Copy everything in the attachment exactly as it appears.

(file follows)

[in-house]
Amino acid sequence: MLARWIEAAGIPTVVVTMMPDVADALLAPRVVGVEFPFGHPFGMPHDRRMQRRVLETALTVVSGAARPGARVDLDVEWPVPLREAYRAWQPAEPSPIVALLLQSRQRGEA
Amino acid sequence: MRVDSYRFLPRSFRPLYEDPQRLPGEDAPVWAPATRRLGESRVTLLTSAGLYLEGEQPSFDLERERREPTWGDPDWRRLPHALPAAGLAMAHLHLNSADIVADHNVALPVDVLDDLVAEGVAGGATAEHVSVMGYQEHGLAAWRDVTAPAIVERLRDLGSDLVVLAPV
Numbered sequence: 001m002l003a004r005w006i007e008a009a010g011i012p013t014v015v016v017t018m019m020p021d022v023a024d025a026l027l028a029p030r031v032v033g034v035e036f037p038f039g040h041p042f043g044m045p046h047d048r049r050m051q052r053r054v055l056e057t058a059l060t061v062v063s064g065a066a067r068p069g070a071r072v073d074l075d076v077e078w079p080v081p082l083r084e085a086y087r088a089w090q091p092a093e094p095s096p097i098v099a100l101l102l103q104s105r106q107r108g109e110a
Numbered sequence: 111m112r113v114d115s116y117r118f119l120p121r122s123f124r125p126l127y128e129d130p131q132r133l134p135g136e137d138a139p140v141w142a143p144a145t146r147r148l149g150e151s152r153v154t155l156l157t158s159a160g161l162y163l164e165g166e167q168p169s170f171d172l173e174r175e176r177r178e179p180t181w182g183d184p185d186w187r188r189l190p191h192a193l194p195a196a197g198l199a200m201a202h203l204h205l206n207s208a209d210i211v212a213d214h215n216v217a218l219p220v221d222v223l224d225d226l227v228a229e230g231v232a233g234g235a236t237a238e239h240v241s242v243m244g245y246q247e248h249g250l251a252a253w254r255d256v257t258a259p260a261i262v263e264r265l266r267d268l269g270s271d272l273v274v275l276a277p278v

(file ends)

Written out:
[in-house]
Amino acid sequence: MLARWIEAAGIPTVVVTMMPDVADALLAPRVVGVEFPFGHPFGMPHDRRMQRRVLETALTVVSGAARPGARVDLDVEWPVPLREAYRAWQPAEPSPIVALLLQSRQRGEA
Amino acid sequence: MRVDSYRFLPRSFRPLYEDPQRLPGEDAPVWAPATRRLGESRVTLLTSAGLYLEGEQPSFDLERERREPTWGDPDWRRLPHALPAAGLAMAHLHLNSADIVADHNVALPVDVLDDLVAEGVAGGATAEHVSVMGYQEHGLAAWRDVTAPAIVERLRDLGSDLVVLAPV
Numbered sequence: 001m002l003a004r005w006i007e008a009a010g011i012p013t014v015v016v017t018m019m020p021d022v023a024d025a026l027l028a029p030r031v032v033g034v035e036f037p038f039g040h041p042f043g044m045p046h047d048r049r050m051q052r053r054v055l056e057t058a059l060t061v062v063s064g065a066a067r068p069g070a071r072v073d074l075d076v077e078w079p080v081p082l083r084e085a086y087r088a089w090q091p092a093e094p095s096p097i098v099a100l101l102l103q104s105r106q107r108g109e110a
Numbered sequence: 111m112r113v114d115s116y117r118f119l120p121r122s123f124r125p126l127y128e129d130p131q132r133l134p135g136e137d138a139p140v141w142a143p144a145t146r147r148l149g150e151s152r153v154t155l156l157t158s159a160g161l162y163l164e165g166e167q168p169s170f171d172l173e174r175e176r177r178e179p180t181w182g183d184p185d186w187r188r189l190p191h192a193l194p195a196a197g198l199a200m201a202h203l204h205l206n207s208a209d210i211v212a213d214h215n216v217a218l219p220v221d222v223l224d225d226l227v228a229e230g231v232a233g234g235a236t237a238e239h240v241s242v243m244g245y246q247e248h249g250l251a252a253w254r255d256v257t258a259p260a261i262v263e264r265l266r267d268l269g270s271d272l273v274v275l276a277p278v